by Cherry


My faithful friend and the neighbouring Rutilated Quartz

When I was 11 years old, I and my mother met with a Geologist who lived locally. I’d already been tentatively using crystals for a year or so, and he kept some of his collection at his house, a couple of miles from my family home.

Most of his collection made no impression on me, but two crystals did: a HUGE dark purple Fluorite octahedron, the biggest I’ve ever seen and about 30cm at its widest point, and a much smaller cubic cluster in the beautiful blue of a summer sky.

I wasn’t permitted to touch or handle the big octahedron, not that it mattered since I could feel its energy clear across the room, but the gentleman placed the blue cluster in my left hand and let me hold onto it for most of the visit. I could feel its energy flowing up my arm to my shoulder the entire time, but he didn’t give me permission to walk away with it, so I couldn’t. The cluster had a patch of Tipp-Ex on one side with a handwritten specimen number on it in black ink: 15,750.

When it came to time to leave, I honestly didn’t want to hand the Fluorite back, but I wasn’t raised to be a thief. For about six weeks after, I felt as if I was missing something fundamental, almost like missing a limb or major organ, before I finally managed to put it to the back of my mind and get on with my young life.

I also noticed something else during the visit: the Geologist was having a lot of trouble breathing. I’d been diagnosed as asthmatic less than a year before these events and, to my 11-year-old mind, it sounded like he had the same problem, so I offered him my spare Ventolin. He was touched, but he explained that owing to the amount of time he’d spent in mines, he had, not asthma, but asbestosis, and he didn’t think Ventolin would help him.

I kept trying to figure out if I could get hold of that Fluorite – feeling its absence so acutely was really not nice – but my family had no money, so that was out. And then, around six months after the visit, the gentleman left this life.

I was quite devastated as- he was a true gentleman, and even back then you didn’t meet many like him. The other problem was, his collection was subsequently split up and sold at auction: nothing unusual in that, but I felt it meant I would probably never see the Fluorite again, since I had no idea where or when the auction might be held, and neither I nor my parents had the kind of money the crystal might have fetched from the right audience.

I went on with my life, thinking it wasn’t meant to be.

Fast forward five years. I was 16, in sixth form (further education in the UK for ages 16-18 years), and I had a funding grant to do an A-level in Geology. One Wednesday, after my only class of the day, I had no desire to go straight home because my family had been arguing all the previous day and I had no wish to expose myself to more of that. Instead, I wandered into the town the sixth form was on the edge of, just looking for something to do and with £60 of my grant money in my pocket. I turned on instinct down a back street which ran parallel to the main shopping street and took a left turn into a small courtyard surrounded by shops.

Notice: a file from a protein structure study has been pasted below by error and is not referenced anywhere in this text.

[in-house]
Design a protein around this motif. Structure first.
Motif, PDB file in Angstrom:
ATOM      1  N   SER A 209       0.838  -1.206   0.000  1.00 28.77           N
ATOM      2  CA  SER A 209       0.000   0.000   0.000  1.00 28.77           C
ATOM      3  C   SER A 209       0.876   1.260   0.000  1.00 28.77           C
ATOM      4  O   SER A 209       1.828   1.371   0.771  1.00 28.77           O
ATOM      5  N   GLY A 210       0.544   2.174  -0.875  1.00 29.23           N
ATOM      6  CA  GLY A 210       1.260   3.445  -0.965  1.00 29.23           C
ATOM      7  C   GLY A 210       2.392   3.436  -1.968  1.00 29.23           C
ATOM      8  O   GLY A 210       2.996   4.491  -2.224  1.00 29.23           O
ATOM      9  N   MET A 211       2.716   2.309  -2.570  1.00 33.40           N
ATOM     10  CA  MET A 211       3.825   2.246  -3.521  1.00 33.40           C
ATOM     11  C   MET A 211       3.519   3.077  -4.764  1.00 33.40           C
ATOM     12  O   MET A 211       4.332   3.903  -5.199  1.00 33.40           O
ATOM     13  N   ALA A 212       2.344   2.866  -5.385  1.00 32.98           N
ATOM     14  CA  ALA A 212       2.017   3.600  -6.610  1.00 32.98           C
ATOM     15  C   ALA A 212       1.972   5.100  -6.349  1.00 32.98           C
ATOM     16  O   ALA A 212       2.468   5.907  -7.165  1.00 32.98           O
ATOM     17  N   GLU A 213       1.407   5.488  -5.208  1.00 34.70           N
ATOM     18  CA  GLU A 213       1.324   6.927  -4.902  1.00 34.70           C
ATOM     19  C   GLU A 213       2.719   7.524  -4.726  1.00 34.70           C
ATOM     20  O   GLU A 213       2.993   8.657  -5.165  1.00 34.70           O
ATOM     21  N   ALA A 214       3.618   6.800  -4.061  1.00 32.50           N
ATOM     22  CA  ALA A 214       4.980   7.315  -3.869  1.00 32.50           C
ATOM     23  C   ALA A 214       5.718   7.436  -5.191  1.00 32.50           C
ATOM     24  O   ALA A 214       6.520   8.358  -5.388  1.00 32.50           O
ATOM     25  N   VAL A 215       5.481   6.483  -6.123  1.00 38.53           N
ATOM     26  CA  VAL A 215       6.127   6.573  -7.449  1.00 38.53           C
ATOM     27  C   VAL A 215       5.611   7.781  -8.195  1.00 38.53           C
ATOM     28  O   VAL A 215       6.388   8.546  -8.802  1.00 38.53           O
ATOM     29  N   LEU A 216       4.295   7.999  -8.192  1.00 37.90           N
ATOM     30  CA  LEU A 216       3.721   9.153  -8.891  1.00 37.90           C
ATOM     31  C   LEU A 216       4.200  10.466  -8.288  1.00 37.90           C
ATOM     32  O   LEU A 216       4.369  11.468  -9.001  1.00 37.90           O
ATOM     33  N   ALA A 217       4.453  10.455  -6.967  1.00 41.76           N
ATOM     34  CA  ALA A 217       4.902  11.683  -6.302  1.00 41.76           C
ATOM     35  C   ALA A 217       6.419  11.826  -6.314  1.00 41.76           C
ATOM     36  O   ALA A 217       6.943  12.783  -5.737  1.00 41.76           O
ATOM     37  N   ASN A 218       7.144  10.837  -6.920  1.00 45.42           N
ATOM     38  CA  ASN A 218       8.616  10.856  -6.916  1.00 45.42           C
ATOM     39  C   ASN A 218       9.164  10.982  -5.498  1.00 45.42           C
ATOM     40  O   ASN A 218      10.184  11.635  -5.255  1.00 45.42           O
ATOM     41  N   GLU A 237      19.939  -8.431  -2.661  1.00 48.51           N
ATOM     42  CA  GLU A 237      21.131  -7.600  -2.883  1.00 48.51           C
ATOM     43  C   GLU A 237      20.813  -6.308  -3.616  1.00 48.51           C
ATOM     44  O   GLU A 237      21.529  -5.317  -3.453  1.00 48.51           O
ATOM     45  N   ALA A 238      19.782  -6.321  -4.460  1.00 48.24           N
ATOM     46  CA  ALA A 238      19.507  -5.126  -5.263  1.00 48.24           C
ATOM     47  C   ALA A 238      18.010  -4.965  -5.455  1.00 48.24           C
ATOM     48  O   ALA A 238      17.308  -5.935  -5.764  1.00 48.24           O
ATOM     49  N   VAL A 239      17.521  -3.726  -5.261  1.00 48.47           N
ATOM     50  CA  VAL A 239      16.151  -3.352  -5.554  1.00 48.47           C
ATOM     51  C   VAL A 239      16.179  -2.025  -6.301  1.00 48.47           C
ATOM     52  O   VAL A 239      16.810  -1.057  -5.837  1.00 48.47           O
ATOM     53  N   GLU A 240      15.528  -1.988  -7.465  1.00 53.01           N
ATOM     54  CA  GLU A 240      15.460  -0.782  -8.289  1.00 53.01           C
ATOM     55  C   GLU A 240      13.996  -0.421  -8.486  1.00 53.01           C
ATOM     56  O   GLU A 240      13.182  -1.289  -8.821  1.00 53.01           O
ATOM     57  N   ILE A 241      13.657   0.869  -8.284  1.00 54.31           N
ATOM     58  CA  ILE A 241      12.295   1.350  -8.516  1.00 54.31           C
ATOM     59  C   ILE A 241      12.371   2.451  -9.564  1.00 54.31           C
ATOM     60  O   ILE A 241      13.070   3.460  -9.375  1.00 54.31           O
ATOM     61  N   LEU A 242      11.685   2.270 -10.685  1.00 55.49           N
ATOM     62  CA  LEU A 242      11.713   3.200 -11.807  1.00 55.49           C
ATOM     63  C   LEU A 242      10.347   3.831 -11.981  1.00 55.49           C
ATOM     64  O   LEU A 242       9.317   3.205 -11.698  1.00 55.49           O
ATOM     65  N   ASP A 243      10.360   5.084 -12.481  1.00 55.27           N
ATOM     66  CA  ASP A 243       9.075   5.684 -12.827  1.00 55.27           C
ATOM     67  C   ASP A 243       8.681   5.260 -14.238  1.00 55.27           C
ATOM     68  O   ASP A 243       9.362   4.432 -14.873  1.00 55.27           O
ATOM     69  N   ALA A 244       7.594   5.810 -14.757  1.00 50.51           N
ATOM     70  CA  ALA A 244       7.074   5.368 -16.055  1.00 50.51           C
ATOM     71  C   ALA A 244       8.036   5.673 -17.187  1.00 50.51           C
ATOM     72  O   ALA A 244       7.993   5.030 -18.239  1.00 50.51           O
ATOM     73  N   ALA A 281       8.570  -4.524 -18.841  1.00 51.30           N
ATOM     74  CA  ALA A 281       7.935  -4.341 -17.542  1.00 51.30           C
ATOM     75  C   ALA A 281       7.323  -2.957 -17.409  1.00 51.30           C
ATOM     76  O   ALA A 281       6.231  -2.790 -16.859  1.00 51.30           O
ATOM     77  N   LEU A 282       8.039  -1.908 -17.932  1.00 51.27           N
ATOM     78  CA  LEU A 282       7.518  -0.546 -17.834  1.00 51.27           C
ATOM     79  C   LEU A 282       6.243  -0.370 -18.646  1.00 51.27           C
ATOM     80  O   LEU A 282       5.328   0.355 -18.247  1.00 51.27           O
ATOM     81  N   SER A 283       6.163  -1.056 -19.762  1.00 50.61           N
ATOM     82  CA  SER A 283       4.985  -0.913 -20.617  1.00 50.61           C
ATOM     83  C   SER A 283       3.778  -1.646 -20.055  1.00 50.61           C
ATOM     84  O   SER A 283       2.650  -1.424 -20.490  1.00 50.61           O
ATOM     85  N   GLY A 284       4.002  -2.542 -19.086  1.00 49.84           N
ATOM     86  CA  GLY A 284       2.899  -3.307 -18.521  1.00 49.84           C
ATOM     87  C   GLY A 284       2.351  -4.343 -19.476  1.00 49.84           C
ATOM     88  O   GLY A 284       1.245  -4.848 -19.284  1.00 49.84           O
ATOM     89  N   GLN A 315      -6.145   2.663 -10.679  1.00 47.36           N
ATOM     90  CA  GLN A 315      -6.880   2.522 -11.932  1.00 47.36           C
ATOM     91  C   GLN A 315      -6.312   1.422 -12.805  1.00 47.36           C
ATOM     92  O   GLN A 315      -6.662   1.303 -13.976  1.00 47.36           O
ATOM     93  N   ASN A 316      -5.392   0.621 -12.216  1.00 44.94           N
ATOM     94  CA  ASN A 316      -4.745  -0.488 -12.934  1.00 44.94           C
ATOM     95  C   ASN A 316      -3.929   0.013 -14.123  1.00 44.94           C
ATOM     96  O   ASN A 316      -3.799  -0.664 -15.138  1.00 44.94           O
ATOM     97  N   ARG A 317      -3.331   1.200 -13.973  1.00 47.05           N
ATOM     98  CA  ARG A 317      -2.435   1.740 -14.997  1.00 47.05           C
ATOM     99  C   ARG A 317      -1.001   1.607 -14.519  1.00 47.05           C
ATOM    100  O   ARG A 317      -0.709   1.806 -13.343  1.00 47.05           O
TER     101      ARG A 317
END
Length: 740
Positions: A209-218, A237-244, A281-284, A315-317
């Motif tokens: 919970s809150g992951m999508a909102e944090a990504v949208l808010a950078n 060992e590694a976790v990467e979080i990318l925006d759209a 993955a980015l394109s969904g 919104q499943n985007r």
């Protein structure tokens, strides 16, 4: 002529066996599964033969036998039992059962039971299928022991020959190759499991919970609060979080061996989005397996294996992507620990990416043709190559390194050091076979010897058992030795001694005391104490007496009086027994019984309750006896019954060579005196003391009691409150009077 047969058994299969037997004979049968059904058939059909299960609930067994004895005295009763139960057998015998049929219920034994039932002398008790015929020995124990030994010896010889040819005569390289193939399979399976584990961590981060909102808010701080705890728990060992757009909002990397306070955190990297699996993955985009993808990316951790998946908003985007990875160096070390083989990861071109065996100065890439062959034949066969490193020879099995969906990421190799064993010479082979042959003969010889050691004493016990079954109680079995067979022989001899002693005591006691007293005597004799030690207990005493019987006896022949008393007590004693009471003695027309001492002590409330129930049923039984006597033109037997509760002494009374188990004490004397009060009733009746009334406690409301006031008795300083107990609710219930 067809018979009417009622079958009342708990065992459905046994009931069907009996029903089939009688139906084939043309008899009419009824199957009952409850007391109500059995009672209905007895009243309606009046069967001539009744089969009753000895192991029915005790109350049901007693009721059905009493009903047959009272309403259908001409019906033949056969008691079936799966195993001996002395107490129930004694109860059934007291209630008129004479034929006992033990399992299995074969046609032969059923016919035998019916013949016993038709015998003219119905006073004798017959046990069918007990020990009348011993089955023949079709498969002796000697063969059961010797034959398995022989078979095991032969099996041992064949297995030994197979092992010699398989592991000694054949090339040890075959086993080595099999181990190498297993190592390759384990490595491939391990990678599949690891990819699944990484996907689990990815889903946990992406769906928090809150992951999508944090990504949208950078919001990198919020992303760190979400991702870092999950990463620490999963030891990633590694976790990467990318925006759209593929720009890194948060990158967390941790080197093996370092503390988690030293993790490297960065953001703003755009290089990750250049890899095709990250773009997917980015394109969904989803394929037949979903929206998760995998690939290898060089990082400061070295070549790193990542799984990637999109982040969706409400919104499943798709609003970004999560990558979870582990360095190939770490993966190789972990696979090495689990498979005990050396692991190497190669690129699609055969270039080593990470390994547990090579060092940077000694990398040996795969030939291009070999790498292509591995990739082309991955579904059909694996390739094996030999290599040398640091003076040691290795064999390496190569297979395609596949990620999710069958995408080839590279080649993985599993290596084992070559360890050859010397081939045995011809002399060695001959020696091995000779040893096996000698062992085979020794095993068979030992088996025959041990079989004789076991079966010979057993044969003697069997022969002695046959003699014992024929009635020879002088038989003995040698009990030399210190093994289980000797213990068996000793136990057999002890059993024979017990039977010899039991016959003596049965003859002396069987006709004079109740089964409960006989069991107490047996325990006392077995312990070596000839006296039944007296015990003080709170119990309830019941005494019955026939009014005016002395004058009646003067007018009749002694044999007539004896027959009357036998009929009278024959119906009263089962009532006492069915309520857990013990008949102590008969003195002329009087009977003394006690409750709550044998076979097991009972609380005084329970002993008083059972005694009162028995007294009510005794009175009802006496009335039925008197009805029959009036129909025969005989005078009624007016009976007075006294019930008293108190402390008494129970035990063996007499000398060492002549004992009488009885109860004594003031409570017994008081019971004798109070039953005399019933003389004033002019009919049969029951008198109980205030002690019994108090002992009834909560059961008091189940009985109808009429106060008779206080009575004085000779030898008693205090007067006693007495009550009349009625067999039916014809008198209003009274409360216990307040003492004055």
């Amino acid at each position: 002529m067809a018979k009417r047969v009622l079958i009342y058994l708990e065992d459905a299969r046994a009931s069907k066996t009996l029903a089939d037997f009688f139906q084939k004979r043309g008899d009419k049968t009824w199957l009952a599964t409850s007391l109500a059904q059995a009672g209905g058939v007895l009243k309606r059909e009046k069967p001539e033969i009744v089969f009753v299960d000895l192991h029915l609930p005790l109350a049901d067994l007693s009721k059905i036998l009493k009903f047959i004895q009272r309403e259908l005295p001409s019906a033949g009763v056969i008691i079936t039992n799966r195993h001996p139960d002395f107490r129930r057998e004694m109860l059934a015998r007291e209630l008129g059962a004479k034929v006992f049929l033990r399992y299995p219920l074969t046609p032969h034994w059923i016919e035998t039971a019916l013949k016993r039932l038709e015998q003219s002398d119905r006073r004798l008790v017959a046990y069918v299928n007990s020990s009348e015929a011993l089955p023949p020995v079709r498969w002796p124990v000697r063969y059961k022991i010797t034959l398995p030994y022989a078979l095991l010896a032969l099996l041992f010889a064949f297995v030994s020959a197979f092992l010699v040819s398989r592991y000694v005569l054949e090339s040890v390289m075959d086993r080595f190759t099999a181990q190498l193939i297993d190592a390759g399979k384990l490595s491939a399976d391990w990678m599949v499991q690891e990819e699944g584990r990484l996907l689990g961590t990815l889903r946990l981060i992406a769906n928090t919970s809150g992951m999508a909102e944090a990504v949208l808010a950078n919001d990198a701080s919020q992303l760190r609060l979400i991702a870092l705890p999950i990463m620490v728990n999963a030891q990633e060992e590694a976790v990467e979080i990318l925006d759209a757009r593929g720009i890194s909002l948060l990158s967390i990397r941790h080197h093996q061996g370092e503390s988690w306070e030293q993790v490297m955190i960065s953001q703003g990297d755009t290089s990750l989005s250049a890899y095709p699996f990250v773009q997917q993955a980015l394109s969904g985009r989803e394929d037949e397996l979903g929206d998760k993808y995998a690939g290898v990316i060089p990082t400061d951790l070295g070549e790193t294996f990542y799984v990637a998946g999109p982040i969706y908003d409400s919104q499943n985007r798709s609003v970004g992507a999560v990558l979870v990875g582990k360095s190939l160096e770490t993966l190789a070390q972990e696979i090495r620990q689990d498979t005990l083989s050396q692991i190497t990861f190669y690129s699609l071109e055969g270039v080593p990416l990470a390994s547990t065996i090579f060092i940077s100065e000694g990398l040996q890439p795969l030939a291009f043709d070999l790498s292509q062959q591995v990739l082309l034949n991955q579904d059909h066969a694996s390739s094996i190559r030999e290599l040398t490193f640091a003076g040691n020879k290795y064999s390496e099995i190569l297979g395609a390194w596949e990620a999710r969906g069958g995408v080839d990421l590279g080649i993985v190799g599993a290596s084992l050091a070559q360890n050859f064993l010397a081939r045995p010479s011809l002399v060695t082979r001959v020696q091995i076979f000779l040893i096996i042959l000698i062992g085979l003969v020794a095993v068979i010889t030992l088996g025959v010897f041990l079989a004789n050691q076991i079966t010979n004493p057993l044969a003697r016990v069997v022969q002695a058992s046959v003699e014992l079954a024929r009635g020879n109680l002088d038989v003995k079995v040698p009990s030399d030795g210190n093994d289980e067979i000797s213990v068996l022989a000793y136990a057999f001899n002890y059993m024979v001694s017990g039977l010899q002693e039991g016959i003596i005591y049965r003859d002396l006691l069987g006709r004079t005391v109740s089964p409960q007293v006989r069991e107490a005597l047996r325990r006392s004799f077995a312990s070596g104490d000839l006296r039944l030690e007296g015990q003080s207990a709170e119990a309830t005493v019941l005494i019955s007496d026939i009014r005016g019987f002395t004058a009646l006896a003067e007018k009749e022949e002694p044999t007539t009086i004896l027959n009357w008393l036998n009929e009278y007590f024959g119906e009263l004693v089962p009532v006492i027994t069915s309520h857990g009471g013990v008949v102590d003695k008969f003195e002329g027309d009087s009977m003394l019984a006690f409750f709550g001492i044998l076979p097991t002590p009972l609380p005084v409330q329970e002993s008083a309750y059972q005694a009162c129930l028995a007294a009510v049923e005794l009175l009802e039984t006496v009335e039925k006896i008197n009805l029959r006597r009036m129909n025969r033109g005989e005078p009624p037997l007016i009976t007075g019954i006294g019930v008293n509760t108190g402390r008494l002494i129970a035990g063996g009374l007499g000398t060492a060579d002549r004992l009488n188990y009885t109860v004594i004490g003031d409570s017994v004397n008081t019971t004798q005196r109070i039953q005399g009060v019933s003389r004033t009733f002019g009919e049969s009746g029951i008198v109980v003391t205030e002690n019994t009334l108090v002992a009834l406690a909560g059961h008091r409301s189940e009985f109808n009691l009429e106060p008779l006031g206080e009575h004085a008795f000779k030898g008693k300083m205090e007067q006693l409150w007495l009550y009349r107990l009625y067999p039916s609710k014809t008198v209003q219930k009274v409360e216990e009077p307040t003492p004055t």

The first shop on the left just happened to be a crystal shop.

I looked in the window and, to be honest, I wasn’t impressed: most of the stock looked like junk. I went to walk away, but I felt an almost physical shove in the ribs and a very firm order in my inner ear: “Do not walk away. Go inside!”

Okay, I thought. Obviously I’m supposed to go in. So I did.

By and large, I’d been right about the stock. It was at least two-thirds junk. However, on one of the shelving units, I spotted something cubic, summer sky-blue, and very familiar…

Could it be?

Not without some trepidation, I picked the crystal up and turned it gently.

15,750. Same patch of Tipp-Ex, same handwriting, same specimen number.

My Blue Fluorite (it’s a Bingham Blue) was sitting in my hand, and I had the means and opportunity to bring it home, right there and then. My faithful friend had somehow, against all the odds, managed to find its way back to me when I had the wherewithal to finish the job and make it legitimately mine.

The price tag said £18. A little over price, but then, so was every other piece of merchandise — the owner marked everything up by 100%, which meant a lot of her stuff cost more than it was worth. Ordinarily, I have a price ceiling, a limit on what I’m prepared to pay for any given item, but this was different.

The shop owner looked rather surprised when I took the Fluorite to the till and handed over a £20 note. That got me curious,so I asked her how long she’d had the crystal in stock. She told me she’d bought it at auction two days previously, and that she hadn’t wanted to bid on it at all, but that her angel had insisted she do so (a bit like how someone had insisted I not walk away from the place, obviously), and she hadn’t expected to sell it.

It seems fairly obvious what happened: either her angel, or my crystal, pushed her to place a winning bid (which if she followed her own markup rule must only have been £9), and then, two days later, my angel, my crystal, or possibly my Grandfather, who’s one of my guides, made absolutely sure I walked in and found it.

Needless to say, I still have it today, though it did ask (I’m a crystal whisperer) that I remove as much of the Tipp-Ex as I was able, which meant scratching away the specimen number (we don’t like being thought of as numbers; why should a crystal like it either?), and soon afterward I returned to purchase a lovely little raw Rutilated Quartz crystal which had made its displeasure with being there abundantly clear to me. (I think it also helped that it was right next to the Fluorite!)


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